Saturday, April 18, 2009

SEVEN POUNDS (now playing at home where your cat is joyfully digging his claws into your chest as you watch this movie)

One of the songs featured on the soundtrack of Seven Pounds is the old standard, "Feeling Good," from Leslie Bricusse and Anthony Newley. But contrary to what any of the pre-release hype for this film MAY have suggested, or what may be implied on the front and back covers
of the DVD case, this is NOT a feel-good movie! It's a bleak and disturbing film that raises serious questions about how far one human being should go to redeem himself for creating a devastating but unintentional screw-up. It also wants us to shed happy tears at the end and concur in lemming-like fashion that the end justifies the means.

Up front we witness Ben Thomas (Will Smith) calling 911 to report a suicide. It's his OWN, just before the fact. The rest of the film is a flashback, because if you start with the ending and proceed from there, it's a very short movie (my logic always astounds me). As we go along, we're given short glimpses of WHY he thinks his life is no longer worth living. Yes, he made a tragic mistake, but the script wants us to accept that ending one's life in response is a moral and noble thing to do because Ben has figured out a way to impact the lives of seven strangers, most of whom will benefit directly from his death. I guess he never considered how many people's lives he MIGHT have changed if he had just stuck around and lived a long life in devotion and service to his fellow man. But he's a little too warped for that.

When Ben begins a serendipitous romance with heart patient Emily Posa, (Rosario Dawson) you start to think maybe he'll change his mind--but we can't forget the scene at the beginning where's he's calling in his own self-inflicted demise--so the tension of this film lies in whether he might have a change of "heart" at the last minute.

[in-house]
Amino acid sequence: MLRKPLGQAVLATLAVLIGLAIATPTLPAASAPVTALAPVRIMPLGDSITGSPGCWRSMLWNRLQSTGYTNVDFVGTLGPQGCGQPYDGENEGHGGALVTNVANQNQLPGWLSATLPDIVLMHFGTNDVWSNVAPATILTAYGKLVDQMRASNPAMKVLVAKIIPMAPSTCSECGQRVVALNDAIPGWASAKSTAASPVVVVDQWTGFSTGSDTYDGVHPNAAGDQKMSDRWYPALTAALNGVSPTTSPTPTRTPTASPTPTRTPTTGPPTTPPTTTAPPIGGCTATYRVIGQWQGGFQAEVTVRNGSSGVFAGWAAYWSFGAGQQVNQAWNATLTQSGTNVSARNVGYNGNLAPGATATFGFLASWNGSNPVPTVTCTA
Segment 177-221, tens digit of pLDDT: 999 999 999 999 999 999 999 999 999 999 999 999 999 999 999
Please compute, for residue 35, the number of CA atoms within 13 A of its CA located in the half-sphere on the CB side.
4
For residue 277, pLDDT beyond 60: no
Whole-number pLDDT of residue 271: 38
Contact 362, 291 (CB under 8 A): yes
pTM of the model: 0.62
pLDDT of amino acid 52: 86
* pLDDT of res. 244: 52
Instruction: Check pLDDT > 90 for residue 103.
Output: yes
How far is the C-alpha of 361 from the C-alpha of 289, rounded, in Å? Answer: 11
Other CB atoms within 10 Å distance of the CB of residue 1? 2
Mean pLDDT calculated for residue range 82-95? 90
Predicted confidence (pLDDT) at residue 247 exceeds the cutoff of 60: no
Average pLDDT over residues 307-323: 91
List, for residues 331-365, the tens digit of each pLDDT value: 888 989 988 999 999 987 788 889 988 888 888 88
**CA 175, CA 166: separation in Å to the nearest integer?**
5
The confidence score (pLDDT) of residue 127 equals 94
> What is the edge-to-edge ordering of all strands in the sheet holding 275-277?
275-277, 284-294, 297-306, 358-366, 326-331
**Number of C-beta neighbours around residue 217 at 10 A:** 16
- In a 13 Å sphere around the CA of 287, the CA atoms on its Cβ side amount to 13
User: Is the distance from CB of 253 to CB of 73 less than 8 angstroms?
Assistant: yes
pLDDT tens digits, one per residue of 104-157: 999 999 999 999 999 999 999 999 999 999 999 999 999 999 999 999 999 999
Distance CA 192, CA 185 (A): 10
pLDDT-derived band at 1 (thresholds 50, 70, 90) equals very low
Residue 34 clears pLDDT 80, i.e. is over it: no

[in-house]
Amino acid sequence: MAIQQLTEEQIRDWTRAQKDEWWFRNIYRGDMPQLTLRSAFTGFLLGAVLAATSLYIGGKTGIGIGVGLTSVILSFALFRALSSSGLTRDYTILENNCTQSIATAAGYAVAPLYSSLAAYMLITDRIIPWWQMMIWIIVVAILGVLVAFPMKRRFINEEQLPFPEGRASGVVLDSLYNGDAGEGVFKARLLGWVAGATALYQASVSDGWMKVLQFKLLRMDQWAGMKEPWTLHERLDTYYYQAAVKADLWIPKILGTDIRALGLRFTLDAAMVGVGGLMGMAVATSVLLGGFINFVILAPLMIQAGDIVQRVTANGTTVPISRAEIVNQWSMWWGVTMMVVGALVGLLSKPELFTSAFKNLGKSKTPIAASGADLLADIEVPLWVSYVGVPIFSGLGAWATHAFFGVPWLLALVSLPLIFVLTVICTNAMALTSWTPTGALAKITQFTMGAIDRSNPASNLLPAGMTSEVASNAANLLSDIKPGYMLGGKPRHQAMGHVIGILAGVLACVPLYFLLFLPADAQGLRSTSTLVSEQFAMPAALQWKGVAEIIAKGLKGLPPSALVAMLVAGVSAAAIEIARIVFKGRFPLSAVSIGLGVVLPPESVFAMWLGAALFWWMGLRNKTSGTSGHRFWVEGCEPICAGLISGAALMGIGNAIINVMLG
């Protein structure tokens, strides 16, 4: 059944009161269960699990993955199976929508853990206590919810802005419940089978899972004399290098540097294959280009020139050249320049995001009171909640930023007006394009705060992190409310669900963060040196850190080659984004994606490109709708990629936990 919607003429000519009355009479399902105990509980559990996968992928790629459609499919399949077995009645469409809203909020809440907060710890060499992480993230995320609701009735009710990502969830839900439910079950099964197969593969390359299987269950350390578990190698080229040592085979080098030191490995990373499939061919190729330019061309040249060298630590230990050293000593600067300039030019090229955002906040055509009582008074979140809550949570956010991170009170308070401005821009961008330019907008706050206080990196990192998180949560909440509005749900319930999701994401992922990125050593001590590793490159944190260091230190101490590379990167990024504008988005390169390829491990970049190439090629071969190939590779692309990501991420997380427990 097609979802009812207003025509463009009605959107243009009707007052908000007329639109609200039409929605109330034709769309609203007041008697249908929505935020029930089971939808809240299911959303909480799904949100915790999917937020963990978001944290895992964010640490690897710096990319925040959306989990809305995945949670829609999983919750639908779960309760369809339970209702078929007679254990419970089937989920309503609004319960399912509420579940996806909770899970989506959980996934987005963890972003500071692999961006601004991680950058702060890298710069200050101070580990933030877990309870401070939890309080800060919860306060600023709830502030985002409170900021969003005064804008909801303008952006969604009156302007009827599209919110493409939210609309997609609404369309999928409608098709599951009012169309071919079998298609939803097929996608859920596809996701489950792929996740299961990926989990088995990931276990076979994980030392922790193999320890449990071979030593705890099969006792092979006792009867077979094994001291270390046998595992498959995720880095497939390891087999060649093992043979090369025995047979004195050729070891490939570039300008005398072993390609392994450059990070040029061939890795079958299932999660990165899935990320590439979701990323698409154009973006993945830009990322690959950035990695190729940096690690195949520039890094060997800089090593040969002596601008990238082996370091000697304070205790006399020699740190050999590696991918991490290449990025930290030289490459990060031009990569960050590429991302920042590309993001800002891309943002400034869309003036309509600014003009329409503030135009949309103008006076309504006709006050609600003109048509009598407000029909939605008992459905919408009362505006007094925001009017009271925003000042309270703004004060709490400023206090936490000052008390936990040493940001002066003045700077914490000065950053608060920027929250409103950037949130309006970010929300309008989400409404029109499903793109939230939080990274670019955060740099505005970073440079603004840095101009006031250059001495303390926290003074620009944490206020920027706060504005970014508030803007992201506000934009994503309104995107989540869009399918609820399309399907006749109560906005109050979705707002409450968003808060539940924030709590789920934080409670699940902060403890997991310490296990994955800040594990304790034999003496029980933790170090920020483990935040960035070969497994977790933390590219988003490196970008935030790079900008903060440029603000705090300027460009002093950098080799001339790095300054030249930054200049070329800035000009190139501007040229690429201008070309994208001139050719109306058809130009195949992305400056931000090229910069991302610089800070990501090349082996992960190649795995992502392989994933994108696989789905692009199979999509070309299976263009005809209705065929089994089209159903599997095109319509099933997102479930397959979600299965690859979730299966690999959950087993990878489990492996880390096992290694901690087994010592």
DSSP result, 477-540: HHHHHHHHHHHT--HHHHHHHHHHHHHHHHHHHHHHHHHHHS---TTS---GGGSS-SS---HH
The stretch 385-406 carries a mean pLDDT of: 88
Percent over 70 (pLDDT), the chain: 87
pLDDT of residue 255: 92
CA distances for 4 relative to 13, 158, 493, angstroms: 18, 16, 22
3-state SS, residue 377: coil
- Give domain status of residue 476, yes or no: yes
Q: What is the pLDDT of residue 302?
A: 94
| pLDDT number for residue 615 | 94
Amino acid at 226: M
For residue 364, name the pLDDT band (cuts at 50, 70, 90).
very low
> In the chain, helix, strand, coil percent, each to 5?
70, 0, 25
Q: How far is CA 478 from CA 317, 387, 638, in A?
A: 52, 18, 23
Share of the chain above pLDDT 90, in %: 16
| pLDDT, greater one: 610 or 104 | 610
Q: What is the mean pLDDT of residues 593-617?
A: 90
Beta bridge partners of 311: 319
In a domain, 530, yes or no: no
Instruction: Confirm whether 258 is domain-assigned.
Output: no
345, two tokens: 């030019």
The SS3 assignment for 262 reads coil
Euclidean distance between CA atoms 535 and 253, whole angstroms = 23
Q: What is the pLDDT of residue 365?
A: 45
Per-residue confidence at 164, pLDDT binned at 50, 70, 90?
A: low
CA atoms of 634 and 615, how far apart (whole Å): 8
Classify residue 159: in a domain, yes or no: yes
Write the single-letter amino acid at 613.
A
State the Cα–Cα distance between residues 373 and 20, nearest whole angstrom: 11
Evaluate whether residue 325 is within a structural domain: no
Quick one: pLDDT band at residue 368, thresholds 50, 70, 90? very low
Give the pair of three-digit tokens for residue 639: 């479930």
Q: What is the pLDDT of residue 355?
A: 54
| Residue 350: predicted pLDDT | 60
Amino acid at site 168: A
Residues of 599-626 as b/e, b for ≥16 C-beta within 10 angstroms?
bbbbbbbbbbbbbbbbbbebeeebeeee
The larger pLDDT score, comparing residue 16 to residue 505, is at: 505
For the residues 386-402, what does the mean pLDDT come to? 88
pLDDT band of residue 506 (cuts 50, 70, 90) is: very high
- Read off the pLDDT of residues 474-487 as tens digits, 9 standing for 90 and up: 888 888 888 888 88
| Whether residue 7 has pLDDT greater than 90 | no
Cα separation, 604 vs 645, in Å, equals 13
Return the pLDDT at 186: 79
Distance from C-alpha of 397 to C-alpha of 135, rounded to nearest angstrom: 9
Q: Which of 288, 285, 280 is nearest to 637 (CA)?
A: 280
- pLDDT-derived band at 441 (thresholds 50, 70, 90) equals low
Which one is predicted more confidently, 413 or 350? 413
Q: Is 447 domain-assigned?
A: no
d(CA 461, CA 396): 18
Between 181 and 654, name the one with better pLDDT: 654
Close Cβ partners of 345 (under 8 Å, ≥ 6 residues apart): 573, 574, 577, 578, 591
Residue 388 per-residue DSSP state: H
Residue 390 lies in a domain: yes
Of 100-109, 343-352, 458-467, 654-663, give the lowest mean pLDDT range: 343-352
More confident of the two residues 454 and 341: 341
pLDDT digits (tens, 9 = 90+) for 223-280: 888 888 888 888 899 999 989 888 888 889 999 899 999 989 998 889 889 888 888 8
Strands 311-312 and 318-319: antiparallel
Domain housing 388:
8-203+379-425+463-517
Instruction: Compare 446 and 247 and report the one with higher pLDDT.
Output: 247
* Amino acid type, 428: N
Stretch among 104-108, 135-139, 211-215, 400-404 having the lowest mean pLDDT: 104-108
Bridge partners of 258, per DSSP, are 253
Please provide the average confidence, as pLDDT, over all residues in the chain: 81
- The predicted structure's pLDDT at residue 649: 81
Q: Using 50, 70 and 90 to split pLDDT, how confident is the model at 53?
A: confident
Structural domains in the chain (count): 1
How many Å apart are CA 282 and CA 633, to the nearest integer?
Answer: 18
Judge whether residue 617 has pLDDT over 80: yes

There are three vegetarians in this flick: Emily, Emily's Great Dane, and a blind guy named Ezra, (Woody Harrelson) who also stands to benefit from Ben's earthly departure. It's not clear how the veg angle ties into anything, but none of them gets preachy about their lifestyle choices, and no one else is making a LOT of fun of them for having a conscience (as most movies do--created by carnivores, of course). Nobody was going to make fun of the dog, anyway-at least not to his face. There's some deliberately off-key piano plunking on the sound track--and it's not clear what that's supposed to represent either. But it was annoying.

Forget about the mentally unstable sense of of self-sacrifice this picture may send to kids--it's likely to have more impact on ADULTS, many of whom are on the verge of doing something really bizarre at any time. So if you want me to give this film a backhanded compliment--what Ben did was definitely better than shooting up a mall and taking innocent folks along with him on his way out.


TIMMY'S TIDBITS: In 2008, Rosario Dawson attended the national conventions of BOTH the Democratic and Republican parties (hmm...that could give one a severe aversion to BALLOONS!)

As a rapper, Will Smith has had a number of hits, including: "Gettin' Jiggy Wit It" (love that jiggy pudding during the holidays).